Chips was also wounded, suffering powder burns and a scalp wound from the pistol fired at close range. Medic treated Chips and released him to Rowell later that day. That night, while on guard duty, Chips alerted Rowell of an infiltration attempt by ten Italian Soldiers. Together they captured all ten.

After the Battle of Salerno in which Chips and Rowell had taken part, General Dwight Eisenhower came to congratulate the unit, and he bent to pet Chips. Unfortunately, only the handler is to touch a War Dog, and so Chips responded as he was trained, he nipped Ike.

Another time, Chips alerted to an impending ambush. Then, with a phone cable attached to his collar, Chips ran back to base, dodging gunfire so the endangered platoon could establish a communications line and ask for the backup they so desperately needed.

Chips was a true hero. He was awarded a Silver Star for valor and a Purple Heart for his wounds. The newspapers back home heralded his exploits. Unfortunately, the press attracted the attention of the William Thomas, Commander of the Order of the Purple Heart. He angrily wrote letters to the president, secretary of war, and adjutant general of the U.S. Army protesting that the Purple Heart was a decoration for humans, not animals. Congress then got into the act. After a debate lasting three months, it was decided no more decorations were to be awarded to non-humans adding “appropriate citations may be published in unit general orders.” This meant that at least they would receive honorable discharges.

The debate surrounding the giving of medals to military dogs not only led to the denying dogs the right to recognition for their efforts but also paved the way for the military to classify them as “equipment” – a classification that would cost them dearly. When the U.S. pulled out of Vietnam, the military dogs were classified as “equipment” and left behind.

Despite earnest efforts to bring the dogs’ home, the order to abandon them was firm. Over 4,000 dogs served in Vietnam, many sacrificing their lives. They saved thousands of American Soldiers from death or injury. Stories vary as to what became of these valiant canines, but one thing is known to a certainty is that they shared all 24/7 with their handler. These dogs gave their full measure of devotion – whatever the danger – but they did not get to share the freedom of coming home.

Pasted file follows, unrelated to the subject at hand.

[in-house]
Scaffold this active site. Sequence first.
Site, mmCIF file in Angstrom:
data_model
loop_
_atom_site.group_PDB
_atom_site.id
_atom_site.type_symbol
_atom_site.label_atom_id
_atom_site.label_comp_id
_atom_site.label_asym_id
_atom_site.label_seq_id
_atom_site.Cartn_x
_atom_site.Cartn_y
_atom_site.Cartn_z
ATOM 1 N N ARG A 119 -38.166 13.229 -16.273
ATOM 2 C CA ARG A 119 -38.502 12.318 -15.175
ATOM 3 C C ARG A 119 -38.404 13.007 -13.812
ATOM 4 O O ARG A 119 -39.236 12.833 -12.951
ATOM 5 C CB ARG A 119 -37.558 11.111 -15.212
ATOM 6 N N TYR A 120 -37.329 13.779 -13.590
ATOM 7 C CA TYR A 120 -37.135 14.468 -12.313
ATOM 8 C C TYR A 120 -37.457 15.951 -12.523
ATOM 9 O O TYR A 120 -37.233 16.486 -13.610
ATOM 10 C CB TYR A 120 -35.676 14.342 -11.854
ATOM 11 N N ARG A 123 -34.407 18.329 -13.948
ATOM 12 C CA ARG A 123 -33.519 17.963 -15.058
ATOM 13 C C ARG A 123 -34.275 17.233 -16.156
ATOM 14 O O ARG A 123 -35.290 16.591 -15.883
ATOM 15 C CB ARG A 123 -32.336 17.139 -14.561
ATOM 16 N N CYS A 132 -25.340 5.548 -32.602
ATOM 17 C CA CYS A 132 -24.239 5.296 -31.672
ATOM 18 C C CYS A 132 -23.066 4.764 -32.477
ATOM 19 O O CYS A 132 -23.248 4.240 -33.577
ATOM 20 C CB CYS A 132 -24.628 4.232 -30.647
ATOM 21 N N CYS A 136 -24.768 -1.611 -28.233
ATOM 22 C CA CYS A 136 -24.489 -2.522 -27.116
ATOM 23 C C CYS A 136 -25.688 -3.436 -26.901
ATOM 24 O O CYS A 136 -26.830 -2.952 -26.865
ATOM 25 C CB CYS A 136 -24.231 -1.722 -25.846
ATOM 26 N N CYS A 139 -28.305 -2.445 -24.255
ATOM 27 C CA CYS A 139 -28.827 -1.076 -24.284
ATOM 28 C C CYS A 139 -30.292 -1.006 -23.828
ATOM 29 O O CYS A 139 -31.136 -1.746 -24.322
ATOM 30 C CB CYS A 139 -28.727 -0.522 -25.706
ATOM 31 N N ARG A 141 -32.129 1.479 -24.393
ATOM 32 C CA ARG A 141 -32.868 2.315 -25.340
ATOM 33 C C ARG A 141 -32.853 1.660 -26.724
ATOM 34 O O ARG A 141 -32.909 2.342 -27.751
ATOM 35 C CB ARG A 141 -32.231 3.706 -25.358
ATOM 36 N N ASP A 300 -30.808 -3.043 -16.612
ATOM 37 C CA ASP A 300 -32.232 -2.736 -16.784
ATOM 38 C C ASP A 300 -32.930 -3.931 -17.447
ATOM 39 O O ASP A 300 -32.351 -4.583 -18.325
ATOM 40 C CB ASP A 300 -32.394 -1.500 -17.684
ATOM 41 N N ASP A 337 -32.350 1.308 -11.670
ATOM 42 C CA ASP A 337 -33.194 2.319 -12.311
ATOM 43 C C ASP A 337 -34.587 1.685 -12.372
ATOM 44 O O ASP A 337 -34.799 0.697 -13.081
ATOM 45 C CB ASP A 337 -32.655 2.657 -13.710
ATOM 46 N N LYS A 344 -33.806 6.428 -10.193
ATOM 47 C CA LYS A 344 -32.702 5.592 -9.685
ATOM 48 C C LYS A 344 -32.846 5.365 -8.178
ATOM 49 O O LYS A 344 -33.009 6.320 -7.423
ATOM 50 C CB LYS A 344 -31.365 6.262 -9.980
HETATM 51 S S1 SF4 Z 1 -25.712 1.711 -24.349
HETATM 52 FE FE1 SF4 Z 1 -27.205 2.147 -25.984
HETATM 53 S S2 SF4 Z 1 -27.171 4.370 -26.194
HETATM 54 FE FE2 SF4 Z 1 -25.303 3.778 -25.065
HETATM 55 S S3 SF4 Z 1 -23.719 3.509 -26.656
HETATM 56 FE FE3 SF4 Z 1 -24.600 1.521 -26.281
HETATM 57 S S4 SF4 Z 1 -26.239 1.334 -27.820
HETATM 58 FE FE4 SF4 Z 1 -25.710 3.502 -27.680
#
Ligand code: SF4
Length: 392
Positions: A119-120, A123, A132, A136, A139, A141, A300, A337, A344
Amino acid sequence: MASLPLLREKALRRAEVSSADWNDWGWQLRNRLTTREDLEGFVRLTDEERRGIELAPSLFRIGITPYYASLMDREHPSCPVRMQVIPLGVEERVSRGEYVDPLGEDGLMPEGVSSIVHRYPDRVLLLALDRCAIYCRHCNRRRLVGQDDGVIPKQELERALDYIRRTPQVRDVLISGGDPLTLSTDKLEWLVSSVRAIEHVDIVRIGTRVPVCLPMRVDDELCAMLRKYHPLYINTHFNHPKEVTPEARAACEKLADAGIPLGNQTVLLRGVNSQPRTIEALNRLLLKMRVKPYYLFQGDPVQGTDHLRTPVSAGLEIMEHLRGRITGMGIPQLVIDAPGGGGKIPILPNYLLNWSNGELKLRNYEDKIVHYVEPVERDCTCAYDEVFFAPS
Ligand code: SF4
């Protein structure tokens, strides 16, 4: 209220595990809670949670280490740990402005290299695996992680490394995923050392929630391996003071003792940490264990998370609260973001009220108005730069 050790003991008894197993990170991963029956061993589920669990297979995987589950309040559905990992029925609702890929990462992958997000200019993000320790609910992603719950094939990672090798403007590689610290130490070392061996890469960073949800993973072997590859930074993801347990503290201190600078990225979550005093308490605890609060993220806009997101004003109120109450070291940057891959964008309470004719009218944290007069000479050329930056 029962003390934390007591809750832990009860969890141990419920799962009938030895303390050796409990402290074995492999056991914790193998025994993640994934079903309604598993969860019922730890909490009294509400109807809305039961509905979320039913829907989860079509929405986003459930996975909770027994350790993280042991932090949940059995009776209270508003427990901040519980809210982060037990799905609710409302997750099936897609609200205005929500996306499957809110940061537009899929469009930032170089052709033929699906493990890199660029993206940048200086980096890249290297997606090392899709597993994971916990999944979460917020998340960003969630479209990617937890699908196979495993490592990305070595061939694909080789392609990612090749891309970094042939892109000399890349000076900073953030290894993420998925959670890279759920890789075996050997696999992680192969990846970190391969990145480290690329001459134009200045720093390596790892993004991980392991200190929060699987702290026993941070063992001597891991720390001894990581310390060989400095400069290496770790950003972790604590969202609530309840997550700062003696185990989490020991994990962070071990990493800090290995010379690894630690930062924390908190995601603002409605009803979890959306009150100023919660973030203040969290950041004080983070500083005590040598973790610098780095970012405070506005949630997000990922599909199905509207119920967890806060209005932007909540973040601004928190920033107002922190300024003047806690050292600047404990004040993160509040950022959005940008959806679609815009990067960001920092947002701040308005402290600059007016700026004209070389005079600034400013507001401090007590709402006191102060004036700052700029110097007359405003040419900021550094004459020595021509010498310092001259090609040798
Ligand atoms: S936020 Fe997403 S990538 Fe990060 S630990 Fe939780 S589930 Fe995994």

In addition to patrol duty with the infantry, Chips was posted to sentry duty in Casablanca during the January 1943 Roosevelt-Churchill Conference. Through eight campaigns across Europe, Chips was also a POW guard and tank guard dog.

Chips spent 3 1/2 years in the Army. He served in North Africa, Italy, France and elsewhere in Europe. He met President Franklin D. Roosevelt, British Prime Minister Winston Churchill and General Dwight D. Eisenhower.

His family had requested his return after service, so in the fall of 1945, he was taken back to Front Royal where he was retrained so that he could go back to his family.

In December 1945, Chips was discharged from the military and returned home to the Wren family. He was accompanied by six reporters and photographers who wanted to cover the story. Mr. and Mrs. Wren and son Johnny, who was only a baby when Chips left, met Chips at the train.

Sadly, Chips died just seven months later due to complications from injuries sustained in the war. He was just six years old. Chips is buried in The Peaceable Kingdom Pet Cemetery in Hartsdale, New York.

So remarkable were his exploits, that in 1990, Disney produced a TV movie based on the life of this heroic, life-saving dog. The title was “Chips the War Dog.”

There are many inspiring pets and animals in the world, but military working dogs have a special place in the hearts of many. In today’s patriotic political climate and the constant presence of war in our lives, we have a special reverence and respect for our Soldiers and there’s nothing like seeing a Soldier and his dog together to instill that feeling of pride, and possibly bring out a tear or two.

Our Soldiers overseas today often have specially trained canine troops along with them. These dogs are well trained and function as part of the unit, doing what they have been trained to do, but the deep devotion between the handlers and their dogs is just as intense as the feeling of family that all Soldiers have toward one another.